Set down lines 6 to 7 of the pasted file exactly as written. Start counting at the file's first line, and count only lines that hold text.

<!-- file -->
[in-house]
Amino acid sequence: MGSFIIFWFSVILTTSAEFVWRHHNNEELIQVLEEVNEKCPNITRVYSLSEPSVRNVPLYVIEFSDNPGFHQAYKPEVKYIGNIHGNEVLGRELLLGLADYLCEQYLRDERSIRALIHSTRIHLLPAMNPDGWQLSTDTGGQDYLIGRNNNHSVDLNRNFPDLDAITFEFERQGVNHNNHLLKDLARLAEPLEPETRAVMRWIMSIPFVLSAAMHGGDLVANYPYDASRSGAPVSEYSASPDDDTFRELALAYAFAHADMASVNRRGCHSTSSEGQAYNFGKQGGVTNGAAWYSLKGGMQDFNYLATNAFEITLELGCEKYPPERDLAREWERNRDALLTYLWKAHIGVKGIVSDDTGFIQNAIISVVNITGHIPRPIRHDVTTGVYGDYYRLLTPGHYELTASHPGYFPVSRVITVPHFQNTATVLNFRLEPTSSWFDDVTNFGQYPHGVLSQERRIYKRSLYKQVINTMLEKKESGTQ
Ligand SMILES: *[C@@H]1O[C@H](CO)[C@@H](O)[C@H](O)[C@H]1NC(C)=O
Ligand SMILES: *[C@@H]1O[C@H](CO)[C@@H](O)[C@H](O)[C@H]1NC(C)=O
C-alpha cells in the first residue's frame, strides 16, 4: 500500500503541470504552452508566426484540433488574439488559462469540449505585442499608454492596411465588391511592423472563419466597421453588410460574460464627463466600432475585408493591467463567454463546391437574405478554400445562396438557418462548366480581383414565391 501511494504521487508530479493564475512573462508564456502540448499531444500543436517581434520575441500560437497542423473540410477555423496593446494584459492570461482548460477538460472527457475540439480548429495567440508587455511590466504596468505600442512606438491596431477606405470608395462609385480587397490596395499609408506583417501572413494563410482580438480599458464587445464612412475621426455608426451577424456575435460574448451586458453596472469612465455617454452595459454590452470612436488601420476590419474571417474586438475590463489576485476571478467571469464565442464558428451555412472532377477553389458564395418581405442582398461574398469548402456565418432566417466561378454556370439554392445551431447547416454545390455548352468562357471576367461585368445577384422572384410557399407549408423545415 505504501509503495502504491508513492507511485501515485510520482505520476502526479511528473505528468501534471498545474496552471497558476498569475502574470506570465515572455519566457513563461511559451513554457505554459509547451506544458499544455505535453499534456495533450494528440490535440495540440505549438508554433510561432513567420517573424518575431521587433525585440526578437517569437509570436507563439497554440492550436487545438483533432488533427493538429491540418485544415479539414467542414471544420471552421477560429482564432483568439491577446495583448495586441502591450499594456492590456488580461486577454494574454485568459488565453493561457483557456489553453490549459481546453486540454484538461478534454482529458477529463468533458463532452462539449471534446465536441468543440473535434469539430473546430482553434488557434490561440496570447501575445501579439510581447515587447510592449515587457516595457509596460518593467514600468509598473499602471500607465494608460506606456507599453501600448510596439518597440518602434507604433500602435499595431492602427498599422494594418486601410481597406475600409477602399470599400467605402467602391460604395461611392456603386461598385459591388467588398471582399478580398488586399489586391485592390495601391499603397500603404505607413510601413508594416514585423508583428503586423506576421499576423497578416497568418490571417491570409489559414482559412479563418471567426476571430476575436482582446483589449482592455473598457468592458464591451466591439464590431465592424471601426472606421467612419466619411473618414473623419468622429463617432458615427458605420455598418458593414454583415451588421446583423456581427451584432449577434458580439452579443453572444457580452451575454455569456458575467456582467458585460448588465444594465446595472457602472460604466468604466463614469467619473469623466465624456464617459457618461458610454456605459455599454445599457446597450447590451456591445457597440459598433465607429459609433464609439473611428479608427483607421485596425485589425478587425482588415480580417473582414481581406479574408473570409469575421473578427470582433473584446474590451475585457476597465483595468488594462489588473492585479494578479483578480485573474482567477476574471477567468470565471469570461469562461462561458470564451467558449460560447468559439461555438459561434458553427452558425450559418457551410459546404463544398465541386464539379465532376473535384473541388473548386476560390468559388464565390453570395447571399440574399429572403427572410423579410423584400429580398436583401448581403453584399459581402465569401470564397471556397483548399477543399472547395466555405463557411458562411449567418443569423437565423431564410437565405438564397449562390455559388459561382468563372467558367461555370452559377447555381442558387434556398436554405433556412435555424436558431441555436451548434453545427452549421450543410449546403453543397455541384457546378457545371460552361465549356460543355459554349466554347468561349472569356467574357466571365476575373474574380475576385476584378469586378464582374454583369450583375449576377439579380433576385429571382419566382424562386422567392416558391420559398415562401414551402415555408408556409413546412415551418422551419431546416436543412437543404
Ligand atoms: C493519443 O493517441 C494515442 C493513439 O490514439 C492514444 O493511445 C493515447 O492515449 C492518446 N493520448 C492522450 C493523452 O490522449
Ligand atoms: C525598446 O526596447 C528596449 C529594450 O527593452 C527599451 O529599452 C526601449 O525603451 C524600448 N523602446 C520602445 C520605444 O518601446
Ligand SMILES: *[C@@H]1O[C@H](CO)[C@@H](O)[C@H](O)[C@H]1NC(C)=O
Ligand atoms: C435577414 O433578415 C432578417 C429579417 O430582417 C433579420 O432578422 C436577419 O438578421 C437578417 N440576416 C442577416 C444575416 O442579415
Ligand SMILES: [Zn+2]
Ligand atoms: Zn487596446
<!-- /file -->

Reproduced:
Ligand atoms: C493519443 O493517441 C494515442 C493513439 O490514439 C492514444 O493511445 C493515447 O492515449 C492518446 N493520448 C492522450 C493523452 O490522449
Ligand atoms: C525598446 O526596447 C528596449 C529594450 O527593452 C527599451 O529599452 C526601449 O525603451 C524600448 N523602446 C520602445 C520605444 O518601446